osha summit

On September 27-29, OSHA hosted a Workers Voice Summit, an event “where workers, organizations and worker advocates come together to foster global community, build new relationships, and discuss ideas for addressing workers’ concerns.”  Officials from the Labor Department’s Wage and Hour Division, Office of the Solicitor, Women’s Bureau, Bureau of International Labor Affairs, Office of the Assistant Secretary for Policy, and Office of Public Engagement also joined.

Below are accounts of the summit provided by National COSH, Communications Workers of America and the National Domestic Workers Alliance.

If you attended the Summit and have anything to add, please use the comment section below.

From National COSH

A shattered arm. A cover-up of safety violations. Workers dying, with minimal penalties for employers.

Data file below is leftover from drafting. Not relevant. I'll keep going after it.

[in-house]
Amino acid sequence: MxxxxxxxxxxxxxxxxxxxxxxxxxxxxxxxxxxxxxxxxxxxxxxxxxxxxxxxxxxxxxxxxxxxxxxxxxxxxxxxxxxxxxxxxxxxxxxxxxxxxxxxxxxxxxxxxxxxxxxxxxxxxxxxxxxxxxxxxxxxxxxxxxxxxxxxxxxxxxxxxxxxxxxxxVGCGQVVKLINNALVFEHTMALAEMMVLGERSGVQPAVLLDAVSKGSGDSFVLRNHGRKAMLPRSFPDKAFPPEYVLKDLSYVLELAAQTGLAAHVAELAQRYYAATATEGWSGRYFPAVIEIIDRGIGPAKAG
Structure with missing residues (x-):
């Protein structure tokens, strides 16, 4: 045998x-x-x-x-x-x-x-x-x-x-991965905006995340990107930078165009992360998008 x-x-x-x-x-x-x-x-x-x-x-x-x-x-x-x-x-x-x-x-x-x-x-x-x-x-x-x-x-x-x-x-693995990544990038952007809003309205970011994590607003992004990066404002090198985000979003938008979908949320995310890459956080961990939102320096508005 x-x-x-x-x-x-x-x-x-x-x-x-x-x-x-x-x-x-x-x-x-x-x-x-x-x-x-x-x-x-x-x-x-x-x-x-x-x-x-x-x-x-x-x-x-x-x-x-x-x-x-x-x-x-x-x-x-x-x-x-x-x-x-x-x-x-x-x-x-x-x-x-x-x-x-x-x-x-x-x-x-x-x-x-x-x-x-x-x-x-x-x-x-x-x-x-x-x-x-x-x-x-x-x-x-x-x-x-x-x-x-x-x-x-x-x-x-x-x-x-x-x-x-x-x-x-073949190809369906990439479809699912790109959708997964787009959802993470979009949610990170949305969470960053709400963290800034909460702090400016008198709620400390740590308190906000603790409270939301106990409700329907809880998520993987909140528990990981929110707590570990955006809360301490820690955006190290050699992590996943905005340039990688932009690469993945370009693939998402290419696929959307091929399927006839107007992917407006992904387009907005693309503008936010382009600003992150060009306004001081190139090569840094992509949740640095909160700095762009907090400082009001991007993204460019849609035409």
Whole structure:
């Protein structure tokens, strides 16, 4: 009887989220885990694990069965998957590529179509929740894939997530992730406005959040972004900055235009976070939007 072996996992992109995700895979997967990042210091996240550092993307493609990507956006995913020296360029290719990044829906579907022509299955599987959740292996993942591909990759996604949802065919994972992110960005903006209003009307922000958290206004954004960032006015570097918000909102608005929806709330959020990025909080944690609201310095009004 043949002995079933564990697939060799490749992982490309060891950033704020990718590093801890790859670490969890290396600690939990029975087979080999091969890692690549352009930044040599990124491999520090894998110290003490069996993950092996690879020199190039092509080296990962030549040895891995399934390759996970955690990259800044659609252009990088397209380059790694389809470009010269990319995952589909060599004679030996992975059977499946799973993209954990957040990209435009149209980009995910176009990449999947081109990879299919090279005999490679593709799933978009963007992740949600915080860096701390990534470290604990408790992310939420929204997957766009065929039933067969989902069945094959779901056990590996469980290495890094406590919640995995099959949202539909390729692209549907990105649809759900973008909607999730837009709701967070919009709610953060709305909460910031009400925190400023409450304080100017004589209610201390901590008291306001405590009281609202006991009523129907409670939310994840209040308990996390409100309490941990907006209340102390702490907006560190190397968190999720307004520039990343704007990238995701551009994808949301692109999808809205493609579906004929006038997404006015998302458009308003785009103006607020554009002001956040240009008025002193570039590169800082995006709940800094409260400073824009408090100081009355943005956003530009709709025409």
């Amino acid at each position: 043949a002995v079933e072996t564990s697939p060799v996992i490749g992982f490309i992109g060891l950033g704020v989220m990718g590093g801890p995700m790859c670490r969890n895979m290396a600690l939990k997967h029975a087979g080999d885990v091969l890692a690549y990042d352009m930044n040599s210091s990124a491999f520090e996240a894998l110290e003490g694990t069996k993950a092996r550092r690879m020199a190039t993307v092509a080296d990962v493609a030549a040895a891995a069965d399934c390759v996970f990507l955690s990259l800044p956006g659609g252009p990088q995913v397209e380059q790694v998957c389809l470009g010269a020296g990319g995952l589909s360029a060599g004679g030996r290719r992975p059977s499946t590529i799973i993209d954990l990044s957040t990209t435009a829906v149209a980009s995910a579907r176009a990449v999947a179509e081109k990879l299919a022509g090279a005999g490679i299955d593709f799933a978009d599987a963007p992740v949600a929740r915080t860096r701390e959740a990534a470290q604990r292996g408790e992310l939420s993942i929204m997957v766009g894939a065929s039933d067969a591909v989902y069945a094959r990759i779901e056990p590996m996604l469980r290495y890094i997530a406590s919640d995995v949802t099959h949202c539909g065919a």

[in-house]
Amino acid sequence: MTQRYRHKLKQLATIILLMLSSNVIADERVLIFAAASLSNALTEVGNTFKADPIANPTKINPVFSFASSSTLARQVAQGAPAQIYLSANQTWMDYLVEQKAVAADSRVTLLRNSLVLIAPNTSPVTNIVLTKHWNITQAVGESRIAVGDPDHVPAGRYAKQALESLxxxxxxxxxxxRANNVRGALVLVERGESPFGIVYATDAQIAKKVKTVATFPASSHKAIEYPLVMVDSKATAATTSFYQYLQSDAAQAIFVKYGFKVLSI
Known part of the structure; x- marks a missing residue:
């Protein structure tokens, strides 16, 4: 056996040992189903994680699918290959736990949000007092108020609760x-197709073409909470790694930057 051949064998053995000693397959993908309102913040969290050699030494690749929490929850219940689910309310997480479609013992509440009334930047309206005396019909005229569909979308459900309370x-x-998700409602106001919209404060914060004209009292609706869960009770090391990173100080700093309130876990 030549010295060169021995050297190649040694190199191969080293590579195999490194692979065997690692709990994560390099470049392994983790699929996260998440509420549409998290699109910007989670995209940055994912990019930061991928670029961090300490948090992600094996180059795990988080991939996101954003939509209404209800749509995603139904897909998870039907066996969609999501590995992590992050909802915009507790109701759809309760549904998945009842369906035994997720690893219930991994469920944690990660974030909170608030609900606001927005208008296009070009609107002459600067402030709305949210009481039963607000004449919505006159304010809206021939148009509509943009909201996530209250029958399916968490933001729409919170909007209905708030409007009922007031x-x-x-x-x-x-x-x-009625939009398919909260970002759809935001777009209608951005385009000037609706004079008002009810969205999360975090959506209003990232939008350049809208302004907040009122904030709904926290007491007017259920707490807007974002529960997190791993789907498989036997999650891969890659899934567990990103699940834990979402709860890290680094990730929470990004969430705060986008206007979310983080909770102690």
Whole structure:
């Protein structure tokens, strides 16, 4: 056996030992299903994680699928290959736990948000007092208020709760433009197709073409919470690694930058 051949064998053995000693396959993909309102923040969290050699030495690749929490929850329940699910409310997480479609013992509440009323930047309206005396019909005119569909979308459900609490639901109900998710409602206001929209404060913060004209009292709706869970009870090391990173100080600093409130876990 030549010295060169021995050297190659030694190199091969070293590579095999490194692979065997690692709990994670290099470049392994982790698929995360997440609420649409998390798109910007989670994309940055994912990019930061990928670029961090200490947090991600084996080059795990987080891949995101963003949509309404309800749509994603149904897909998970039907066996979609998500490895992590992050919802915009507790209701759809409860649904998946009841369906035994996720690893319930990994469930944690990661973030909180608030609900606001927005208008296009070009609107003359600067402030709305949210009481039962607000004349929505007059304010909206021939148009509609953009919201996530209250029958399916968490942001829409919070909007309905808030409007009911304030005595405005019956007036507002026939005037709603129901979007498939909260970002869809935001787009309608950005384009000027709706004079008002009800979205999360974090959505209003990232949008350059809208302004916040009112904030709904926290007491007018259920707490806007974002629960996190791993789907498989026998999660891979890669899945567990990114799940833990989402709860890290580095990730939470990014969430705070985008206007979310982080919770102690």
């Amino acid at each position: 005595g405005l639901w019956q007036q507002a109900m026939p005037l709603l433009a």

That’s the kind of testimony rank-and-file workers and safety advocates brought to Washington DC last week. The occasion was a first Workers’ Voice Summit convened by the U.S. Occupational Safety and Health Administration (OSHA), since OSHA’s “OSHA Listens” meeting and various Latino and immigrant worker conferences held during the Obama administration.

“We know they don’t treat us right, it’s not safe most of the time,” said Eh Phaung, a forklift operator at a mattress factory near Albany, New York. She attended the Summit with National COSH affiliate NENYCOSH, and said she and her co-workers face hazards from long hours and repetitive carrying and heavy lifting.

National COSH and allies in the movement for workplace justice worked together prior to the Summit and advocated strongly for an inclusive, accessible event to genuinely represent and uplift the voices of workers who face dangerous, life-threatening hazards every day on the job. Collaborating with our COSH Network of 26 local health and safety groups, we reached out to engage workers whose voices are overlooked: Low-wage workers, temp workers, immigrants and workers of color.